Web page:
Unearthing from the depth’s of the underground jungle scene in London, is a heavy, fully loaded LP from Danger Chamber. From the Depths LP is a 39 track smasher, that will add a new chapter to the junglists playbook, and fully cement itself into dj’s arsenals around the world. It hits on all cylinders. You have a collection of styles, ranging from deep halftime, soulful ragga-jungle, sci-fi inspired tearout, sound clash battle anthems, drum funk, heavy amens, and genuine old school tech step. Sourcing tunes from artists all over the globe, such as, MAC V , Jonny5, Opius, Polarity, Antares, Zebedee, Y2 & ED808, Sargy, Jack Rapture, Dreadmaul, Vince Rollin, Jesta, Rez, Skru, Furious, If Read, Jah Bliddie, No_Name, Splinter, Fayaka, Gred Lvov, Future, Warbreaker, Abstract Drums, John Tetly, & Amenarchist , give this LP a genuine sense of depth, versatility, and balance. Many of the artists on this LP have had solo releases with this label, so putting them together on one release and showcasing how well they can blend together, or stand alone is a testament to the strength of this roster. From start to finish this LP is a roller coaster and complete journey through modern drum and bass, with respect to the foundations of the music and culture.
Kicking off the album is “Message” by Antares. A futuristic tech step tune reminiscent of No-U-Turn esque’ style and sound. The amount of drum edits, combined with the right amount of industrial clicks and glitches will turn heads immediately. Add in a continuous drone like synth to ride along heavy 808’s and it paints a dismal picture in a post apocalyptic world where there is only darkness.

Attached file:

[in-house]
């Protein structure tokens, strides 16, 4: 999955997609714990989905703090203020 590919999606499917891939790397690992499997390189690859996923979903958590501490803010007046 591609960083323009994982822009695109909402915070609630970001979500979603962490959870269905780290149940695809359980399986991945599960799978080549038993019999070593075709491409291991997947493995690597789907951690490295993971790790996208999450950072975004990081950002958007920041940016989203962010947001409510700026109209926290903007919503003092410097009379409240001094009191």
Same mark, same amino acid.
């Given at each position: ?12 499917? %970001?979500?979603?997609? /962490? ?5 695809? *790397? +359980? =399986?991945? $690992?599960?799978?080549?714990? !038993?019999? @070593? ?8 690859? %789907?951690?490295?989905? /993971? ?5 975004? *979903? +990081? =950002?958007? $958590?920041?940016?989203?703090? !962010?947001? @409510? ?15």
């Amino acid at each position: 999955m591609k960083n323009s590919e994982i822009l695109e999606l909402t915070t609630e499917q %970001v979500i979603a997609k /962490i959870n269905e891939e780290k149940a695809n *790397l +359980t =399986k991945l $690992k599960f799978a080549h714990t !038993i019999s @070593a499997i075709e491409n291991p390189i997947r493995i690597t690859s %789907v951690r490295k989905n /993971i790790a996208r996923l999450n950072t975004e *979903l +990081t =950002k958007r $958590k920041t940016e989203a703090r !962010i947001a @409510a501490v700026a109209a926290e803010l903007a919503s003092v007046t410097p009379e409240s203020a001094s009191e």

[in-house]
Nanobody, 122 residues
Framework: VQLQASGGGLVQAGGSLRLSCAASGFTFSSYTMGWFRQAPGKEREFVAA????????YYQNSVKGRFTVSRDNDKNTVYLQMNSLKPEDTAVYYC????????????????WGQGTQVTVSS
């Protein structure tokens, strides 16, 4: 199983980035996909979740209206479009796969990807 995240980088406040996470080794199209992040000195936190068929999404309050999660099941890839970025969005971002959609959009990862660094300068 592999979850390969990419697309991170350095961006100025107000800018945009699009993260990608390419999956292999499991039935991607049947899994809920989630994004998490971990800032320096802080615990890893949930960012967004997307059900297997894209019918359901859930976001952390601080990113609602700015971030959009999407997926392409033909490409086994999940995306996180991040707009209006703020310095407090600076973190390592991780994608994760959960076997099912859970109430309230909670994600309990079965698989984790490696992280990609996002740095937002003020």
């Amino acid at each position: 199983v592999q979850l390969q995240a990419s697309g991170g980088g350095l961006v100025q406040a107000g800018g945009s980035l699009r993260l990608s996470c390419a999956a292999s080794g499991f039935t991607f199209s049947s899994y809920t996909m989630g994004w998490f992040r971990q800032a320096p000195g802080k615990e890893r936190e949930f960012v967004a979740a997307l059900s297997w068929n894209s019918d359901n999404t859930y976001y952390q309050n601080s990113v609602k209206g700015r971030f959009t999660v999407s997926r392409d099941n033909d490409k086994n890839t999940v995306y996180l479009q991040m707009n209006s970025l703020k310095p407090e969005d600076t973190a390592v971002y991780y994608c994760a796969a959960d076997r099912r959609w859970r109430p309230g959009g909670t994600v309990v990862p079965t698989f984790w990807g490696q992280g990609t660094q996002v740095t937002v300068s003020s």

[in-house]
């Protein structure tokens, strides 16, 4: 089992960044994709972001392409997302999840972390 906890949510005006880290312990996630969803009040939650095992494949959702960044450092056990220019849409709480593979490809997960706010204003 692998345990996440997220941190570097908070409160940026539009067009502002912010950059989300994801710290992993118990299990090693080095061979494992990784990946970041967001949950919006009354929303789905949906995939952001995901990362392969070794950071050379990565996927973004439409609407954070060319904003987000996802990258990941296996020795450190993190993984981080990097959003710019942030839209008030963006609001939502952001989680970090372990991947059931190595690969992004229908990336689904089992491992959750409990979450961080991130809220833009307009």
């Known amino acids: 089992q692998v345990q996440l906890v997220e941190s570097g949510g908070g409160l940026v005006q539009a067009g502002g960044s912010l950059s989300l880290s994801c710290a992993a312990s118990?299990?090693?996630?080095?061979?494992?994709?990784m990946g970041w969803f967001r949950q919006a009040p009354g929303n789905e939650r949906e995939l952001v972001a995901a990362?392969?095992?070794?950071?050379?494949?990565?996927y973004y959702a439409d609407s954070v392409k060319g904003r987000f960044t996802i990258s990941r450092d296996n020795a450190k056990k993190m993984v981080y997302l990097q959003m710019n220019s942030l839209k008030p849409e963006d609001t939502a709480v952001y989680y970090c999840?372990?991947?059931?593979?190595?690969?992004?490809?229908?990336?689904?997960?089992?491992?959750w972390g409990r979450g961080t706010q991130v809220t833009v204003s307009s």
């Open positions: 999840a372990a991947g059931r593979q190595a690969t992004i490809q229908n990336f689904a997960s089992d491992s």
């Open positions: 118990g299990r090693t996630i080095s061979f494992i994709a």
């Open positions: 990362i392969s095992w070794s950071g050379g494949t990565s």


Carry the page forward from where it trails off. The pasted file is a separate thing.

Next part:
Jah Bliddie, Polarity & Zebedee come in next with some of the more uplifting sounds. All are focused on messages of positivity and representing culture. The tunes have distinctive sounds that create separation from each other, but still maintain similar rolling amen vibes, alongside catchy ragga vocal lines, with familiar reggae horns and percussion sounds . Jah Jah has this vibes that is very reminiscent of early Breakage/Fracture. Red Earth comes in a little brighter on the mix, leaving you feeling as if it was channeling older Digital mixed mixed with the styling’s of Chopstick Dubplate . Both of these tunes are on the positive tip, and are a much needed switch up in tone from the rest of the LP. Polarity comes through with “Strong Meditation” as a sonic demonstration of letting a vocal line become the focal point of the tune. Really hammering in the meditation aspect of music therapy, alongside a gritty amen pattern that gives contrast against very clean synth’s and vocals.